Long-lost burial place of 15th century King Jan I Olbracht found

The team came across the extraordinary find lying below the floor during restoration work on the Chapel of King Jan I Olbracht in Wawel Cathedral. Społeczny Komitet Odnowy Zabytków Krakowa/Public domain

Archaeologists believe they have found the long-lost burial place of 15th century monarch, King Jan I Olbracht.

The team came across the extraordinary find lying below the floor during restoration work on the Chapel of King Jan I Olbracht in Wawel Cathedral.

Although it was known that King Olbracht had been buried in Wawel Cathedral, the exact location had until now remained a mystery, believed only to have been under the floor somewhere in the middle of the chapel.Public domain

Although it was known that King Olbracht had been buried in Wawel Cathedral, the exact location had until now remained a mystery, believed only to have been under the floor somewhere in the middle of the chapel.

A monarch of the Jagiellon dynasty, King Jan I Olbracht, was the son of Casimir IV Jagiellon and Elisabeth of Austria and ruled as King of Poland between 1492 and his death in 1501.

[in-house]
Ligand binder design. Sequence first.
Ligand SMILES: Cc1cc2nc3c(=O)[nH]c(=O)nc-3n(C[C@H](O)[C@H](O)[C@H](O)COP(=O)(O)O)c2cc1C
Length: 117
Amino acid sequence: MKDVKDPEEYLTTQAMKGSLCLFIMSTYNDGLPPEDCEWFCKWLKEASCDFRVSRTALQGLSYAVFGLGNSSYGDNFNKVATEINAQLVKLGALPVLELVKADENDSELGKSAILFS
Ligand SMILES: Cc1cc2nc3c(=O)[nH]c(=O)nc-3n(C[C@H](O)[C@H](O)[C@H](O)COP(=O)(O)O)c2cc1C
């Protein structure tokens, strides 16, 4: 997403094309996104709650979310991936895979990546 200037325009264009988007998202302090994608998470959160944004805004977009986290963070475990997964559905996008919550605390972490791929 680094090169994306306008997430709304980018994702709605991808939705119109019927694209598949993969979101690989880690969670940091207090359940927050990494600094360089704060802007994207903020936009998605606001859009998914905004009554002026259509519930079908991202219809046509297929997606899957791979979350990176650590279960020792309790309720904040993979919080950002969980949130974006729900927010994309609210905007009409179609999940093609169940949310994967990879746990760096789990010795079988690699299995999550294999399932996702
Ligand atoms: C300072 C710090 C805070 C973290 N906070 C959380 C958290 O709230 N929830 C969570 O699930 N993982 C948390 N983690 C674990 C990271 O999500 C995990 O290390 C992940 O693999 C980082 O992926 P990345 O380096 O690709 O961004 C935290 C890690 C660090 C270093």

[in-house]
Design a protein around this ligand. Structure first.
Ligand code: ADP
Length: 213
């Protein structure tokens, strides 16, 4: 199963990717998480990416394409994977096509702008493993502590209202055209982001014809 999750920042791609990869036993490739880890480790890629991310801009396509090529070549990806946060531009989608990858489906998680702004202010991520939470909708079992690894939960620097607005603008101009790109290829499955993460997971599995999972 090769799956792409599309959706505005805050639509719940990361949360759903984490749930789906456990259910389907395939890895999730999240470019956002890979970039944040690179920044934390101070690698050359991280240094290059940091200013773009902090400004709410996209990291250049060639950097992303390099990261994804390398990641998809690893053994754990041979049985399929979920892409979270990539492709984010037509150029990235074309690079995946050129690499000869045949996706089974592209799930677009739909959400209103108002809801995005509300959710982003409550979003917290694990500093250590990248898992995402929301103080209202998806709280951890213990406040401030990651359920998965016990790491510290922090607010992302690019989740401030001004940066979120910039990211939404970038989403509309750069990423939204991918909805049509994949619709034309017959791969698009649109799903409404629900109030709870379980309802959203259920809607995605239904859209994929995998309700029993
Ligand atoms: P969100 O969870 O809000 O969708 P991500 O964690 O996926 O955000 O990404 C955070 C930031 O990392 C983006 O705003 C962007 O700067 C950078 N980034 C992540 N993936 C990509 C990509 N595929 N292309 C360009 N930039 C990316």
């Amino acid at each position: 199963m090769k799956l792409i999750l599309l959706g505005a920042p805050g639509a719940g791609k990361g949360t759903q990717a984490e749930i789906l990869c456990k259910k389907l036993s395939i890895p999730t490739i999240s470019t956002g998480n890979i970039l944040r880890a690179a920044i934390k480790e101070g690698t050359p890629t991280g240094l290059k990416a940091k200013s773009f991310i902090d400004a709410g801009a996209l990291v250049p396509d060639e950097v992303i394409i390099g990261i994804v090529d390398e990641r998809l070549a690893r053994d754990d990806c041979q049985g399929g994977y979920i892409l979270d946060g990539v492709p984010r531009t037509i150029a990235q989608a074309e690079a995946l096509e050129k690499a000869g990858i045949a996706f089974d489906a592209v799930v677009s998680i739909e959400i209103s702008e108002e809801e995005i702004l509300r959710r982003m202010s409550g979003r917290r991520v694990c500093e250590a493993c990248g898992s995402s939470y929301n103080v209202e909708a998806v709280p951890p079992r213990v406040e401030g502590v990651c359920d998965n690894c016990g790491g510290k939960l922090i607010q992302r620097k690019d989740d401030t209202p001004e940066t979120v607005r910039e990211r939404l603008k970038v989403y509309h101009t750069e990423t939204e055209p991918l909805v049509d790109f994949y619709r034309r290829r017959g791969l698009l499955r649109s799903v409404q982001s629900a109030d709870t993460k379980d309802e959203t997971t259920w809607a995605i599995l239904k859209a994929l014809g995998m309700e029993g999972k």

Lead archaeologist Tomasz Wagner said: “It turns out that the vaulted burial niche was hidden for over 500 years at the side of the building, next to the south wall.”Społeczny Komitet Odnowy Zabytków Krakowa

Lead archaeologist Tomasz Wagner said: “It turns out that the vaulted burial niche was hidden for over 500 years at the side of the building, next to the south wall.

“And that’s not the end of the sensational discoveries. In the grave’s vault, we found a small opening, most likely the effect of damage to the construction by artisans working on the chapel’s baroque altar.

A monarch of the Jagiellon dynasty, King Jan I Olbracht, was the son of Casimir IV Jagiellon and Elisabeth of Austria and ruled as King of Poland between 1492 and his death in 1501.Public domain

“Through the opening, can be seen a small fragment of the interior of the grave, and inside it, wooden elements buried under rubble and dust (perhaps remnants of the formwork)”.

With the permission of the conservator, the opening in the vault will be used to conduct an endoscopic analysis of the interior, which will confirm whether the remains found are those of King Olbracht.